August 16, 1992 |
Here's a little quiz, multiple choice. Complete the following sentence: Network television stinks because of: A. Producers. B. Advertisers. C. Networks. D. Dan Quayle. E. All of the above. You could make a case for any of these choices, but my own personal pick would be: C. Networks. Let's face it, if you've spent more than 20 minutes in the television business, you know you can run a network better than "those guys." Of course, whether you'd want to is another matter.
January 3, 2009 |
That 52-inch, flat-screen television on the family room wall may have a terrific picture, but there's a big drawback: It's an energy hog. State regulators are getting ready to curb the growing power gluttony of TV sets by drafting the nation's first rules requiring retailers to sell only the most energy-efficient models, starting in 2011.
June 21, 1999 |
How annoying is Jar Jar Binks? The comical, animated Gungan is so off-putting that even one of his creators says he found him hard to stomach at first. The floppy-eared, loose-jointed creature who made his debut in "Star Wars: Episode I The Phantom Menace" was an immediate hit with children, but many adults walked out of theaters loathing the character, who is on screen for 30 minutes.
June 23, 1991 |
Three, two, one . . . Bill Walton on TV, Bill Walton on the radio, Bill Walton writing in the Sporting News, Bill Walton up close and trying to become personal with the Establishment. "Imagine this: Bill Walton--media mogul," CBS announcer Pat O'Brien said. "Good Lord, the 1990s have arrived." A tie has replaced the headband. The beard is gone, the hair is cut, the Deadhead wants to become a talking head. "This just proves," said John Wooden, former UCLA basketball coach, "you never know."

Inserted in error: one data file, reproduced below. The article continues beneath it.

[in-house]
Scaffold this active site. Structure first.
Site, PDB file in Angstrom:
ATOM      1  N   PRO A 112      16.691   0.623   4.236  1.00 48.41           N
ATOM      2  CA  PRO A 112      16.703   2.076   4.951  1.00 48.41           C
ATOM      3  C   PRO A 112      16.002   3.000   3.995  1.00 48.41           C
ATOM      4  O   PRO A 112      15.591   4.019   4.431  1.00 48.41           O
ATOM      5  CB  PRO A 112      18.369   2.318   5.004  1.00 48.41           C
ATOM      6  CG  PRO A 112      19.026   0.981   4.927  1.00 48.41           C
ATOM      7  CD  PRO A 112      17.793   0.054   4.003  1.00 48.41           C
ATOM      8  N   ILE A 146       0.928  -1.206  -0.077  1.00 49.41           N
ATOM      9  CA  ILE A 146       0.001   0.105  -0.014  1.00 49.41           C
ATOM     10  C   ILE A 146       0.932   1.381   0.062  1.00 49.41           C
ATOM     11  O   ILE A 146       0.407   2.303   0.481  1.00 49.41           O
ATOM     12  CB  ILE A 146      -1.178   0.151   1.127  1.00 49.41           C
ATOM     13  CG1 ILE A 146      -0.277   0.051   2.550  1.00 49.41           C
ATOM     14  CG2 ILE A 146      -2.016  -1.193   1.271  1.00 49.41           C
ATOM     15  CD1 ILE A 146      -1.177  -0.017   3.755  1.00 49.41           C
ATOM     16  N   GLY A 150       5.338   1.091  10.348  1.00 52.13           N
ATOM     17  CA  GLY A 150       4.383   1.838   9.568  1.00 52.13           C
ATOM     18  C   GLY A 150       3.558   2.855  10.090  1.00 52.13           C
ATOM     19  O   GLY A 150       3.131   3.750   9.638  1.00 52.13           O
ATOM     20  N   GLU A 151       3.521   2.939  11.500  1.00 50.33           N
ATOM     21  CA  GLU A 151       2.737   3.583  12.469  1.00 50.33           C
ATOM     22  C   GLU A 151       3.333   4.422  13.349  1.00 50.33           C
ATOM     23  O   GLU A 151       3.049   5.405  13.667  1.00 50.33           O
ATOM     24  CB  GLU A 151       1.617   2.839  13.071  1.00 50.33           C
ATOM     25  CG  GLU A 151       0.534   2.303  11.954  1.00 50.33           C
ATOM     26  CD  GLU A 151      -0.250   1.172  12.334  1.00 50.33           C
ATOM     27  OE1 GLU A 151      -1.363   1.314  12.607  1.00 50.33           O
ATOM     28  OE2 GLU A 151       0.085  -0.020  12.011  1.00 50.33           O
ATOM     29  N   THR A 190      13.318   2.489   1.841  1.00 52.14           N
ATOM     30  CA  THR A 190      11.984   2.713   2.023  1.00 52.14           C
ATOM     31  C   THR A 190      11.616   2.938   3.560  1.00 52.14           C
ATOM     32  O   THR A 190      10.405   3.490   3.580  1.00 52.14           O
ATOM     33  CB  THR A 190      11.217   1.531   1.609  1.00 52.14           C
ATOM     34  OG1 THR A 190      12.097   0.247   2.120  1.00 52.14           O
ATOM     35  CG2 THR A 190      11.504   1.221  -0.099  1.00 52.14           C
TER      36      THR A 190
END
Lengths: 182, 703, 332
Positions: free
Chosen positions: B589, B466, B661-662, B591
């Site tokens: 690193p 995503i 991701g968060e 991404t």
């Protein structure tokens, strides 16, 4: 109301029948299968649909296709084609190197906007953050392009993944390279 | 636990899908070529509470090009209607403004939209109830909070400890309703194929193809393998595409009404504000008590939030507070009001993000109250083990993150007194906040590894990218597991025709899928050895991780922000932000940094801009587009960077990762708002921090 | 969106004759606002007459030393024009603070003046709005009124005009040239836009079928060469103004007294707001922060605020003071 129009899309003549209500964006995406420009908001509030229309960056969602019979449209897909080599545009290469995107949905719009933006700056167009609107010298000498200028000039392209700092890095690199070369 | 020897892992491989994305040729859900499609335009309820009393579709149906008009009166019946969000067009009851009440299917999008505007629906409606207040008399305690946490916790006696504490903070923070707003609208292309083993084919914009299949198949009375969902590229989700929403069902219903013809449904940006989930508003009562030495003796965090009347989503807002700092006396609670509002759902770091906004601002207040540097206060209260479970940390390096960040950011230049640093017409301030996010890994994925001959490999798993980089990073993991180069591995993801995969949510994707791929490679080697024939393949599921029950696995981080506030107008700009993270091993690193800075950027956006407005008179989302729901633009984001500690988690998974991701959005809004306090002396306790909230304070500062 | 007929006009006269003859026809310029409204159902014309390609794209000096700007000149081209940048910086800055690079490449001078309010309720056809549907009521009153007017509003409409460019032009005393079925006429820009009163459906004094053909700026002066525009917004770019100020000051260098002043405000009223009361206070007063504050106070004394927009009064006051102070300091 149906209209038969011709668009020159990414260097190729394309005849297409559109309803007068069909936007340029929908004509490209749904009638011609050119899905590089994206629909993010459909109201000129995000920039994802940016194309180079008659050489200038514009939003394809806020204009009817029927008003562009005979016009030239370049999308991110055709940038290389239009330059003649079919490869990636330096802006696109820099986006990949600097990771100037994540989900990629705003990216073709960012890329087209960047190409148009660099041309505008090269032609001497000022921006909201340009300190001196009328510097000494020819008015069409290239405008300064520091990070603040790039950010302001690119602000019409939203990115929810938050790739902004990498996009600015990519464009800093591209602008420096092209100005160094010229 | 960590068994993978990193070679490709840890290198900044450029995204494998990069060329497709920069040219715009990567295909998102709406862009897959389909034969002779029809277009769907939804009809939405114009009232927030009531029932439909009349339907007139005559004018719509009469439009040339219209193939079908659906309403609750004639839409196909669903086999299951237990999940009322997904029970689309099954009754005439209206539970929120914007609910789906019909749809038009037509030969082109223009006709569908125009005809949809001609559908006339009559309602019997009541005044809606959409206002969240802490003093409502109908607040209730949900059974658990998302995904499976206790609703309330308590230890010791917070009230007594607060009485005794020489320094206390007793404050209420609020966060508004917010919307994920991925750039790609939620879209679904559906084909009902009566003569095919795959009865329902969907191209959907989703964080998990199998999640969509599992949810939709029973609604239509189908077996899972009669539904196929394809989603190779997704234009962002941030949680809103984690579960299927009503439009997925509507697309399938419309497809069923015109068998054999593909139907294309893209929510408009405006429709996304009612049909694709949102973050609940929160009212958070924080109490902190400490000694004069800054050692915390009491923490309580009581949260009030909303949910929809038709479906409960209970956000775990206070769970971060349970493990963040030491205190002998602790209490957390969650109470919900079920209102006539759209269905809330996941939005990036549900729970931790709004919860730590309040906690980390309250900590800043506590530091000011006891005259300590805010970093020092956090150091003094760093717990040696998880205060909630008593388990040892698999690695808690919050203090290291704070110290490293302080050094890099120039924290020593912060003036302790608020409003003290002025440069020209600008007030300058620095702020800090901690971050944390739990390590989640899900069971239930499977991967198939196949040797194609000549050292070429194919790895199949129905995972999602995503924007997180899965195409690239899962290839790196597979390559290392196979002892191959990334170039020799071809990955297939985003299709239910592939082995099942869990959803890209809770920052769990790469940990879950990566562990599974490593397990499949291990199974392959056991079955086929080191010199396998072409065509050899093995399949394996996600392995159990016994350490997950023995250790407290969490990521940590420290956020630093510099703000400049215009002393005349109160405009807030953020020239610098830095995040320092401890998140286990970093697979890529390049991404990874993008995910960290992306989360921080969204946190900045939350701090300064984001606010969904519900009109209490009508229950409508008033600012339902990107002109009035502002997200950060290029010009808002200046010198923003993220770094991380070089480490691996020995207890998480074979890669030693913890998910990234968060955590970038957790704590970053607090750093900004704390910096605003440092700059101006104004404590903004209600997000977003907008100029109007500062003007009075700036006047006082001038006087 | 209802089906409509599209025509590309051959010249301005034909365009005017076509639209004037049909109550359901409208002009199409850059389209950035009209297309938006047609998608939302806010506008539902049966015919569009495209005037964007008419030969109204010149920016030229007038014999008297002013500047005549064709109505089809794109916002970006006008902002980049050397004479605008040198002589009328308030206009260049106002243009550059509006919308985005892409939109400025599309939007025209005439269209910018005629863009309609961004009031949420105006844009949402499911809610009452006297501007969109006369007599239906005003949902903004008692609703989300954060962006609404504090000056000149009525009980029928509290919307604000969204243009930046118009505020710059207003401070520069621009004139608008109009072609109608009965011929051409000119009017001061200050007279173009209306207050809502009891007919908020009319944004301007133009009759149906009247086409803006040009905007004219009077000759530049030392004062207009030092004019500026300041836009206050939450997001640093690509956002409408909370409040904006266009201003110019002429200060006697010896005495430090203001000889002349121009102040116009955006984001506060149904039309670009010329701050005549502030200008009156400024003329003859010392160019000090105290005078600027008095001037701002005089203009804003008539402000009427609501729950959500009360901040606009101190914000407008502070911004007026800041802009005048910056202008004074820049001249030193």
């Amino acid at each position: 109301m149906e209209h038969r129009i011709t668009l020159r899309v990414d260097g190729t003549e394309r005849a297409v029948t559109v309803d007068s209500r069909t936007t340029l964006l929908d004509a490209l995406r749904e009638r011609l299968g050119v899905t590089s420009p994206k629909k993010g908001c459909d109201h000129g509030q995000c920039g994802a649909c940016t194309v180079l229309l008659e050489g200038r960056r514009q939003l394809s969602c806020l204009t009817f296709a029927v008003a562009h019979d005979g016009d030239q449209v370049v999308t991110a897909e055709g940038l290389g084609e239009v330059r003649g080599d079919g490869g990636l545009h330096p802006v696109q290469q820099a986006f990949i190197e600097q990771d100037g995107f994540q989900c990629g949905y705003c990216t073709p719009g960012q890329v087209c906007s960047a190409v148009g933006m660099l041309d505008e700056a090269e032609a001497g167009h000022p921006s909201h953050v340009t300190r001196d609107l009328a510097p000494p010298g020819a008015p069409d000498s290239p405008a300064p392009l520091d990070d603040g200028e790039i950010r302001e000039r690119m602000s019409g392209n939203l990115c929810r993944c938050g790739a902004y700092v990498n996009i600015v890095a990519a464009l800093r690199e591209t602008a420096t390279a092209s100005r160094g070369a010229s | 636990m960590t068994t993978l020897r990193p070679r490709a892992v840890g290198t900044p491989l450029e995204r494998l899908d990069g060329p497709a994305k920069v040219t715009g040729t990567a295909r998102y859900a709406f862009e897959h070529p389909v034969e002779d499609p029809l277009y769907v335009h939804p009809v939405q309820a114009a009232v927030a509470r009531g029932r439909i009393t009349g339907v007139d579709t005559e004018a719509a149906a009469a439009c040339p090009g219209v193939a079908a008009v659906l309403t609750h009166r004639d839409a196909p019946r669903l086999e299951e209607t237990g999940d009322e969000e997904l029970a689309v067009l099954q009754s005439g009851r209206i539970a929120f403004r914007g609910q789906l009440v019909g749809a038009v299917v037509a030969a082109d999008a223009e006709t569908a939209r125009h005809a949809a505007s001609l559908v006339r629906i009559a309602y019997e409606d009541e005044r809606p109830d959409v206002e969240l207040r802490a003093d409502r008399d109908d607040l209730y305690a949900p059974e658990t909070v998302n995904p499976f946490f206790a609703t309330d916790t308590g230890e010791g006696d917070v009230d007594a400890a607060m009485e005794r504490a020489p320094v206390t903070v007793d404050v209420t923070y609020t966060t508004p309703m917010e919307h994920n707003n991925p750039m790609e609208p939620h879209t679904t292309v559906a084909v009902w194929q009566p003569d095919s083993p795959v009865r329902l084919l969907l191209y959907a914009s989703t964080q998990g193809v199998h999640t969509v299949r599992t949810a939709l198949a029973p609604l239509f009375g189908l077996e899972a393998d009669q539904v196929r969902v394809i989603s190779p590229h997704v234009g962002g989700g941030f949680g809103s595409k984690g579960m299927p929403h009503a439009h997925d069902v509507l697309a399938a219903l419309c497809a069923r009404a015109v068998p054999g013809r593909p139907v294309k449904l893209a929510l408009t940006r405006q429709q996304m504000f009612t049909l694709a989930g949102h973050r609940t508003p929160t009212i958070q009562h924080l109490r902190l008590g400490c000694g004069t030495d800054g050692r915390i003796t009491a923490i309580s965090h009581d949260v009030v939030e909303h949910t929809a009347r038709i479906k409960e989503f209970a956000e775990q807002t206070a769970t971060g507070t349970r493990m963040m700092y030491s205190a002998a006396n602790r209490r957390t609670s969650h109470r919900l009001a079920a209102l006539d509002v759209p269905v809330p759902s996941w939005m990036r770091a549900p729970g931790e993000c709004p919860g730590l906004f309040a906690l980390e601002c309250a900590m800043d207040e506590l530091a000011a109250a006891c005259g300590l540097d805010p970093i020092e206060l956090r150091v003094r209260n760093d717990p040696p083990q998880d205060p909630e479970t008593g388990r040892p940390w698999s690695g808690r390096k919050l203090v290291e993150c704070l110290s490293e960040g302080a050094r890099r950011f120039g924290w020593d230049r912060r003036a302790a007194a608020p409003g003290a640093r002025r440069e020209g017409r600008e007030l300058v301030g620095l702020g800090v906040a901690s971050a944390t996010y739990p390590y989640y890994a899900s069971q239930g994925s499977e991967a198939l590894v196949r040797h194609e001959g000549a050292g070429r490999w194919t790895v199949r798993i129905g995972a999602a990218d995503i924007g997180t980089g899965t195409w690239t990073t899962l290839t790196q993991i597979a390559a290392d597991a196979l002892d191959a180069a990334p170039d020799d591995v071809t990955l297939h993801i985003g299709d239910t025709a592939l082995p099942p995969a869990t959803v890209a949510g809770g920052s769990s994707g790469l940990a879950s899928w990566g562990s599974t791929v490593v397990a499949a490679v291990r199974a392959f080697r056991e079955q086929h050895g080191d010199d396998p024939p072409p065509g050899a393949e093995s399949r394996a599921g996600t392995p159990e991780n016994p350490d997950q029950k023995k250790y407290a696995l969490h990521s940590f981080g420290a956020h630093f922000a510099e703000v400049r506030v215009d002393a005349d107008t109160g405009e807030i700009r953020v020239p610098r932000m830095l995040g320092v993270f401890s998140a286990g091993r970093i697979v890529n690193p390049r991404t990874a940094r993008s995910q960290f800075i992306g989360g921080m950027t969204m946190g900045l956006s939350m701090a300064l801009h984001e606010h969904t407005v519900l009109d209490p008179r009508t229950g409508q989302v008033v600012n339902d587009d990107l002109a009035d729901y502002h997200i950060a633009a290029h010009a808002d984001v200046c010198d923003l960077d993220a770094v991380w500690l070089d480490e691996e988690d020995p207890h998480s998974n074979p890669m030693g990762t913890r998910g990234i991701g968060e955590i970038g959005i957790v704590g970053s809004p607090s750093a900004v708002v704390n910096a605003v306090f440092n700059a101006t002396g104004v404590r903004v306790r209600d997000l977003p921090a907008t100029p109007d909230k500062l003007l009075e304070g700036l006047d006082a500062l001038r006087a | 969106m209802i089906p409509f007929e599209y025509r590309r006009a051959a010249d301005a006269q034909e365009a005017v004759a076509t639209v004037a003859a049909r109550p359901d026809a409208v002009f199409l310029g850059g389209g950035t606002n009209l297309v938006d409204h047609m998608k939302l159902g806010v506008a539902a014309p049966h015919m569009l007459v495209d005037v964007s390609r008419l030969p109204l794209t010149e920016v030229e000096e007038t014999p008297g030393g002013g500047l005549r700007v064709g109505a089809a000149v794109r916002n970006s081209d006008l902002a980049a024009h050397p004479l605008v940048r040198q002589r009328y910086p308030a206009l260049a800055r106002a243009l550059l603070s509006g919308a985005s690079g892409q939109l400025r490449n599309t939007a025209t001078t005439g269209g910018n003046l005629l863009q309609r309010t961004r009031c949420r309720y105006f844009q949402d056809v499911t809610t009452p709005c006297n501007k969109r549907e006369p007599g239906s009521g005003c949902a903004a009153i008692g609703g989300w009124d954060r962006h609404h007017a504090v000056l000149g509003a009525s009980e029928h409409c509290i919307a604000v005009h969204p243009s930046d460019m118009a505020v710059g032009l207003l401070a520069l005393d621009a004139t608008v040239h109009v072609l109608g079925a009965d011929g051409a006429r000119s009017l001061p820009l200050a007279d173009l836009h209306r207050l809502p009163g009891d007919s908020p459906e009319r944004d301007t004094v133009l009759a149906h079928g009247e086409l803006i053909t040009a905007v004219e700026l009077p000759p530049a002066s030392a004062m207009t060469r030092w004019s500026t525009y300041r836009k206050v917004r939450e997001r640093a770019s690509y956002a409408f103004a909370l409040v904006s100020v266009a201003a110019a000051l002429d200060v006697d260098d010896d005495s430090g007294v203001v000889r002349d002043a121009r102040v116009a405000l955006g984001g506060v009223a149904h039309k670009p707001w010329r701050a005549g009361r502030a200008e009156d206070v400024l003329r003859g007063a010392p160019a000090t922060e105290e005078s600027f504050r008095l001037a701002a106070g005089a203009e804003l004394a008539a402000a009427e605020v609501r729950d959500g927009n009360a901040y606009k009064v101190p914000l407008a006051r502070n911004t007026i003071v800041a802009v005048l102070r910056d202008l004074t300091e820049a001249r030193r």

December 25, 2005 |
YUNJI DE NIES TV reporter An education at Yale and the UC Berkeley School of Journalism plus a coveted internship at "Nightline" could hardly prepare Yunji de Nies, 26, for covering Hurricane Katrina. But she was one of only three reporters for WGNO-TV, a local New Orleans station, who opted to remain on the job once the storm hit. With water levels rising, De Nies and her crew abandoned their homes and camped out in neighboring Baton Rouge, making forays into the devastation.
December 8, 2006 |
On Hezbollah's Al Manar television, Lebanese are shouting in the streets for the fall of the U.S.-backed government. On government-linked Future TV, they are cheering it. On Al Manar, Prime Minister Fouad Siniora is a puppet manipulated by the United States. On Future TV, he is a national hero standing firm against the schemes of Syria and Iran.
June 14, 1994 |
North Carolina death-row inmate David Lawson and talk show host Phil Donahue were waiting Monday to see whether the U.S. Supreme Court would allow the killer's execution to be shown on television. Lawson, 38, is scheduled to be put to death by cyanide gas at 2 a.m. EDT Wednesday; Donahue wants to videotape the event and televise it. Lawson has said he was suffering from depression when he broke into what he thought was empty house in 1980.
October 22, 1995 |
Three shows and two Emmys later, the executive producers of "Frasier," "Wings" and the new NBC sitcom "The Pursuit of Happiness" have earned the liberty to do just about anything they want for their next project--from the most conventional family sitcom to something crazily original.
January 23, 2009 |
After years of bad blood and nearly three weeks of court testimony, Mexico's entertainment giant Grupo Televisa and the dominant Spanish-language TV company in the U.S., Univision Communications Inc., abruptly ended their four-year legal battle Thursday. The settlement averted a potentially disastrous outcome for Univision, which could have lost its pipeline of Televisa's popular soap operas, called telenovelas, that drive Univision's enormous ratings.